31. I REMEMBER HALLOWEEN: Something from the Halloween franchise or anything with trick or treating in it. You did it! Another successful challenge achieved. Now you can stuff yourself with candy and listen to The Misfits.
Last night, Becca and I headed out to the Riverside Drive-In to see a double feature of The Thing and the original Halloween. While it’s impossible to see it as if you’re seeing the movie for the first time — it’s so pervasive in nearly every facet of my life — I wanted to watch it and wonder, “Why does it continue to work so well?”
For me, the biggest reason why it works is that we actually care about the girls. Beyond just Laurie Strode, Annie Brackett and Lynda Van Der Klok feel like people we actually know. When the moments that The Shape menaces them occurs, we’re been with them for the good part of an hour. The film doesn’t rush into the murder and even takes its time — despite a spartan running time of 91 minutes that feels way shorter — to get there, doing everything in its power to tell us that whomever Michael Myers once was, now he has become an inhuman killing machine that everyone should fear.
Credit for that is due to not just Carpenter and Deborah Hill’s script, but for getting Donald Pleasence on board as Dr. Loomis. When he becomes frightened of the killer, speaking in hushed tones of “the blackest eyes; the devil’s eyes” we know that there’s not going to be any stopping this killing machine.
The moments that have become tropes today, like Michael sitting back up when he should be dead, the ending that isn’t really an ending, the teens getting slaughtered by a killing machine — they weren’t necessarily invented here. But they were perfected and commercialized by this film. I’d site films like A Bay of Blood, Peeping Tom, Psycho and Black Christmas* as proto-slashers** that set up the form. But this is where every studio in Hollywood — and around the world — saw that you can take a concept, throw some effects at it and make a lot of money. The results vary, of course.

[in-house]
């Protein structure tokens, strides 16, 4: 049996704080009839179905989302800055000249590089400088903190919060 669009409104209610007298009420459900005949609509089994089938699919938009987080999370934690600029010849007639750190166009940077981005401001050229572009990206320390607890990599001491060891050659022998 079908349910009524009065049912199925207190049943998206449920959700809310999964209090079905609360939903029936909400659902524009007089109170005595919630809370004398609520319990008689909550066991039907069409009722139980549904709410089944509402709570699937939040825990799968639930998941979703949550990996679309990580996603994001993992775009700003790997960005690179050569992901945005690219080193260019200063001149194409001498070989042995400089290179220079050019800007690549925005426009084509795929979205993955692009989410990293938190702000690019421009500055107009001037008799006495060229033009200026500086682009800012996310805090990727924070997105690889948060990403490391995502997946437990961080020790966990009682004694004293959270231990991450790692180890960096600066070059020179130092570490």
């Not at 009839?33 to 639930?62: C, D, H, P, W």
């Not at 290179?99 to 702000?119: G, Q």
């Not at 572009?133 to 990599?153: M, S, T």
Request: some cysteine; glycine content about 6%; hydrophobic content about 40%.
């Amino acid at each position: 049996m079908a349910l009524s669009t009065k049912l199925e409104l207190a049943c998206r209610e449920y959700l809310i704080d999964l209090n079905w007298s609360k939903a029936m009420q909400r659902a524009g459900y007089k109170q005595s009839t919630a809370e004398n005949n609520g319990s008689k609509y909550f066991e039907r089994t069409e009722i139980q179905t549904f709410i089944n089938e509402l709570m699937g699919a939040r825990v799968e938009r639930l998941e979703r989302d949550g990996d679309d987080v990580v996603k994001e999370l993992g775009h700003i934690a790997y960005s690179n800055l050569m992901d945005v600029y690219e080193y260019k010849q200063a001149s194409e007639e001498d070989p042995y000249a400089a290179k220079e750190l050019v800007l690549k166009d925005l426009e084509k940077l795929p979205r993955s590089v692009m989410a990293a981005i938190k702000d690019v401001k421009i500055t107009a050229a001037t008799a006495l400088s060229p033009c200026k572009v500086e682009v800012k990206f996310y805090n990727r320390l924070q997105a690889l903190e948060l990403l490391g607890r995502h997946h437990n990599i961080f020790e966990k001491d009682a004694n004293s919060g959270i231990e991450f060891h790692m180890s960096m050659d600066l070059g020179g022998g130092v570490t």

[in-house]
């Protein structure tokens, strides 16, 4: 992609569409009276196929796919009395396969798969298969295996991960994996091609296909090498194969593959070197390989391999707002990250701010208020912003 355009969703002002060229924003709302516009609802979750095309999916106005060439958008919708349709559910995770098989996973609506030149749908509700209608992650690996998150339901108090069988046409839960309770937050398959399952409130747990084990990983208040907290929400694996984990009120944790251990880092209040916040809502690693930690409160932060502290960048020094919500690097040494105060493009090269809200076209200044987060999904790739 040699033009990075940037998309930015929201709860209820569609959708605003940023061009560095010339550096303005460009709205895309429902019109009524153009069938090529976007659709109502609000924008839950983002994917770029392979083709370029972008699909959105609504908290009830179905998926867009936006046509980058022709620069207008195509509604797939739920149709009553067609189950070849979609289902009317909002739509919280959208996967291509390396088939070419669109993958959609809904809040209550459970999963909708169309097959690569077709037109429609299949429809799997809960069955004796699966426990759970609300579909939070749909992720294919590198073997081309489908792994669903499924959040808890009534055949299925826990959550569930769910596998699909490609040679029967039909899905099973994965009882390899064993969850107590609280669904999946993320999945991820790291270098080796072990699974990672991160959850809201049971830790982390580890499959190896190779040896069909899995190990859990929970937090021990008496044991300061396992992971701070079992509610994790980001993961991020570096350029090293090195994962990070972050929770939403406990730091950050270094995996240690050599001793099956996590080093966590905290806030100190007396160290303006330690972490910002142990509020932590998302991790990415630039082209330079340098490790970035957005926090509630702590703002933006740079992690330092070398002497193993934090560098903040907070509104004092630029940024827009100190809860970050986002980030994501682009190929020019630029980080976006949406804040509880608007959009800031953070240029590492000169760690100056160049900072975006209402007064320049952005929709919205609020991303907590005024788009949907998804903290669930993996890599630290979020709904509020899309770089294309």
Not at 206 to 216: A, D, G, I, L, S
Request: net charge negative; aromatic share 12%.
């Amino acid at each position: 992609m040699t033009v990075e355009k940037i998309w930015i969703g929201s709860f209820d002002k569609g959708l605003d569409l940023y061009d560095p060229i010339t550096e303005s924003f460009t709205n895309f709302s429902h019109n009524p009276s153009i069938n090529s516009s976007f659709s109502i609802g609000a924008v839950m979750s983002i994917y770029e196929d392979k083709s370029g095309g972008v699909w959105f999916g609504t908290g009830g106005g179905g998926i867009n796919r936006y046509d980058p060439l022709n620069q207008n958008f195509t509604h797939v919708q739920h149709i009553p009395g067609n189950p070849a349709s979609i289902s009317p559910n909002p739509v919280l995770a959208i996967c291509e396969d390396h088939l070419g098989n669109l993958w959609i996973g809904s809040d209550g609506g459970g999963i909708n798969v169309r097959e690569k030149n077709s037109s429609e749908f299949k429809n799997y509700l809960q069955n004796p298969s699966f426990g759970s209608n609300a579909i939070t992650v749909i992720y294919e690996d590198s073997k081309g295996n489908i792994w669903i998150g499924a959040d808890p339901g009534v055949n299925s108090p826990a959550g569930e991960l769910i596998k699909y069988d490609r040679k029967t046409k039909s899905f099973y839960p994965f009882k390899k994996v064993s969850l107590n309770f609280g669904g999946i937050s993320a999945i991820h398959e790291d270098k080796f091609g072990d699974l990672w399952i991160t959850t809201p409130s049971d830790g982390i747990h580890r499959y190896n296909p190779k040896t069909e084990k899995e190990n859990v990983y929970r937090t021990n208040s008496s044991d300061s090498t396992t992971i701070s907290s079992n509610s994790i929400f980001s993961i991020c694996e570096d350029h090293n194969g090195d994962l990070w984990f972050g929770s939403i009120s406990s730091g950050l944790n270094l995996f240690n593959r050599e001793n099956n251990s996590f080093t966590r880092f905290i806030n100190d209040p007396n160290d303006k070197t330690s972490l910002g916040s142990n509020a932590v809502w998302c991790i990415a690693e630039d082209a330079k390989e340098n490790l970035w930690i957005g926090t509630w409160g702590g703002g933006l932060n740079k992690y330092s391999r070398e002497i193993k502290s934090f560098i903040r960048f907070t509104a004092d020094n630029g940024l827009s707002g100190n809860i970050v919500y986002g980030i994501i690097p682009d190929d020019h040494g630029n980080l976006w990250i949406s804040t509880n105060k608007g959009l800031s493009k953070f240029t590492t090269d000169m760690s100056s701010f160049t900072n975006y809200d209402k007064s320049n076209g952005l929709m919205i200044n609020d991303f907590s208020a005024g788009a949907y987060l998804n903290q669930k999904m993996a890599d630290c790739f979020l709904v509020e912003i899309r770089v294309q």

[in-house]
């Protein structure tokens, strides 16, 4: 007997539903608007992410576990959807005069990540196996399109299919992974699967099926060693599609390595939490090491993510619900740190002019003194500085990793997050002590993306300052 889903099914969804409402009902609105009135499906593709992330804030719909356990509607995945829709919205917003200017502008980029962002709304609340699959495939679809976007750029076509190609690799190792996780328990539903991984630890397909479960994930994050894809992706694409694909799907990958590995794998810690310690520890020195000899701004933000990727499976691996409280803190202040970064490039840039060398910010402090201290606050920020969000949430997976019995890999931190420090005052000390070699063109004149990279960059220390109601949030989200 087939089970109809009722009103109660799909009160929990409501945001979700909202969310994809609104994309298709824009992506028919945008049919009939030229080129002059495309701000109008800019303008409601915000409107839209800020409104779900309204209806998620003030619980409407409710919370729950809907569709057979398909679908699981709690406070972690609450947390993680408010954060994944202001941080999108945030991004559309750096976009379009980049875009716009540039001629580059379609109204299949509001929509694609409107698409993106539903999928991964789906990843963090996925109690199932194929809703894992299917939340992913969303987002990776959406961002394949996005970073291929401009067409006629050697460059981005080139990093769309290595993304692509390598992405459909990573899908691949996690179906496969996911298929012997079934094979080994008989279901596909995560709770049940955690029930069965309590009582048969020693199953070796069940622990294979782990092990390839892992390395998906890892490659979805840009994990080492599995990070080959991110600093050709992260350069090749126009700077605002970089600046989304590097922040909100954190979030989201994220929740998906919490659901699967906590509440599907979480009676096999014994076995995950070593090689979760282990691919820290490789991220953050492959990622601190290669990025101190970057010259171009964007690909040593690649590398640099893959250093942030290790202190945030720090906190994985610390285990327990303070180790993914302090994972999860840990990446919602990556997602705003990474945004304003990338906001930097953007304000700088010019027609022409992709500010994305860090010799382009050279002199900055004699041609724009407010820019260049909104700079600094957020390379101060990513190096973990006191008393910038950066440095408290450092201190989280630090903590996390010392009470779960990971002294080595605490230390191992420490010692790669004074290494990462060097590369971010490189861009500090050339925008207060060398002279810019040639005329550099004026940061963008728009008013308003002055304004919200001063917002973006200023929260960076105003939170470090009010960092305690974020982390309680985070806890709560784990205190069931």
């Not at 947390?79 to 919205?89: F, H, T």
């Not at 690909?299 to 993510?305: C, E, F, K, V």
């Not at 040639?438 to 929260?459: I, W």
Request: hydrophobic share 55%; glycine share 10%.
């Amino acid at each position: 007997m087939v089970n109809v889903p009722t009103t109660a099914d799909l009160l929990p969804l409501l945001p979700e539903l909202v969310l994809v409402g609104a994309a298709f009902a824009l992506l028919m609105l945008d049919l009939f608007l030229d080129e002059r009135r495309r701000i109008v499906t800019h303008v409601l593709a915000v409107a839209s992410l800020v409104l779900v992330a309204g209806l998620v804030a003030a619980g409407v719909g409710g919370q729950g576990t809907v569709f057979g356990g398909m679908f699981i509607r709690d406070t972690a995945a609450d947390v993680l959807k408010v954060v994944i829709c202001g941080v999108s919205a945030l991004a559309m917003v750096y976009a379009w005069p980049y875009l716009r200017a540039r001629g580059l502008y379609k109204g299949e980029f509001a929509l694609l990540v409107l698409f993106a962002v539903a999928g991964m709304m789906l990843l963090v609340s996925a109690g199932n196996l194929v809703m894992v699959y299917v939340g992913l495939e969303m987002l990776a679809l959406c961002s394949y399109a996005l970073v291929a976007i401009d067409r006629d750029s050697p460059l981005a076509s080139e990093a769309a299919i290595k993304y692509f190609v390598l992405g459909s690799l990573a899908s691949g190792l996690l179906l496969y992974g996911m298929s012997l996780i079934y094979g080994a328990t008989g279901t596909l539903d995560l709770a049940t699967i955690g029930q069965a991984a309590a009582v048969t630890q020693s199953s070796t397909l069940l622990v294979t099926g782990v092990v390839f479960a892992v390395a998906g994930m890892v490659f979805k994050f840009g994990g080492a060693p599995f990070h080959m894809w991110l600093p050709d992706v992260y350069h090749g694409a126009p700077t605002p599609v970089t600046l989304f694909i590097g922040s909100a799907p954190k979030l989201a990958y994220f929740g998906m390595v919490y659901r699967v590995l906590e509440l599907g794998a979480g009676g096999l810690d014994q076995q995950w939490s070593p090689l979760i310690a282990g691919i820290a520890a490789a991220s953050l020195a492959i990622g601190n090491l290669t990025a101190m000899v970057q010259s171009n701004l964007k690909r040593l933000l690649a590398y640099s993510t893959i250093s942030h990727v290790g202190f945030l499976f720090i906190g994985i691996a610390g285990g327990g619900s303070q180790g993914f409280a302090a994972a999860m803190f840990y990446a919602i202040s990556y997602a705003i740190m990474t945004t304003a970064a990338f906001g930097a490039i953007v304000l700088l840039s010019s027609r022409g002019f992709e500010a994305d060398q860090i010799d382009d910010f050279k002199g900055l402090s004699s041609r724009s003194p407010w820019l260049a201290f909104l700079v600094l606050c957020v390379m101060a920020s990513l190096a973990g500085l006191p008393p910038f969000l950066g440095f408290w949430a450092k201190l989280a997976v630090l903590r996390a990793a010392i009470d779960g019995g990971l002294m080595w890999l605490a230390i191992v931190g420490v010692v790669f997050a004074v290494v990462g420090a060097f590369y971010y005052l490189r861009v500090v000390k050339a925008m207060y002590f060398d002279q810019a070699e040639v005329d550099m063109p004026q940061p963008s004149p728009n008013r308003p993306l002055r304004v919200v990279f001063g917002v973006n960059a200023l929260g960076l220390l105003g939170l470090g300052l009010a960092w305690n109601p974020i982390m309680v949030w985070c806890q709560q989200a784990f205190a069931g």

Not many of them have the mind and soundtrack wizardry of Carpenter on hand, nor the eye of Dean Cundy guiding the camera.
The little moments of this movie are why I love it so much. The moments where a hedge of bushes holds more menace than every horror movie that will come out for the next five years. The usage of “Don’t Fear the Reaper,” which is in itself a strange song, one of the few pop songs that I can think of that outwardly worships death. The casual way that Annie smokes a joint versus the difficulty Laurie has with it. The perfect ending, as the body of The Shape is gone but his presence hangs upon every street of Haddonfield. And the knowledge that every time leaves blow across the screen, Carpenter and his crew had to gather them up in plastic bags, not wanting to waste the rare fall foliage that they’d brought to make this midwestern movie in the middle of California.
Watching this again for what has to be a hundredth or more time on a drive-in screen under a full moon, the night before Halloween itself, it just felt right. How odd that a grubby little movie that was untraditionally released would find itself a tradition, something that people like me turn to for comfort in uncertain times? Halloween has gone from a movie I feared — it kept my father awake all night it unsettled him so much — to a film my wife uses to chill out and relax to.
* Indeed, in a 2005 interview, Black Christmas director Bob Clark stated that Carpenter had asked, “Well what would you do if you did do a sequel?” Clarks’s answer? “I said it would be the next year and the guy would have actually been caught, escape from a mental institution, go back to the house and they would start all over again. And I would call it Halloween. The truth is John didn’t copy Black Christmas, he wrote a script, directed the script, did the casting. Halloween is his movie and besides, the script came to him already titled anyway. He liked Black Christmas and may have been influenced by it, but in no way did John Carpenter copy the idea. Fifteen other people at that time had thought to do a movie called Halloween but the script came to John with that title on it.”
**I realize that The Texas Chainsaw Massacre also pre-dates this film, but that thing is a force of nature all its own. Nobody can even come close to making a movie like it, not even Tobe Hooper. It was lightning in a bottle, shot in an abattior smelling shack in the dead heat of the Texas sun, as close to a perfect horror film as you can find.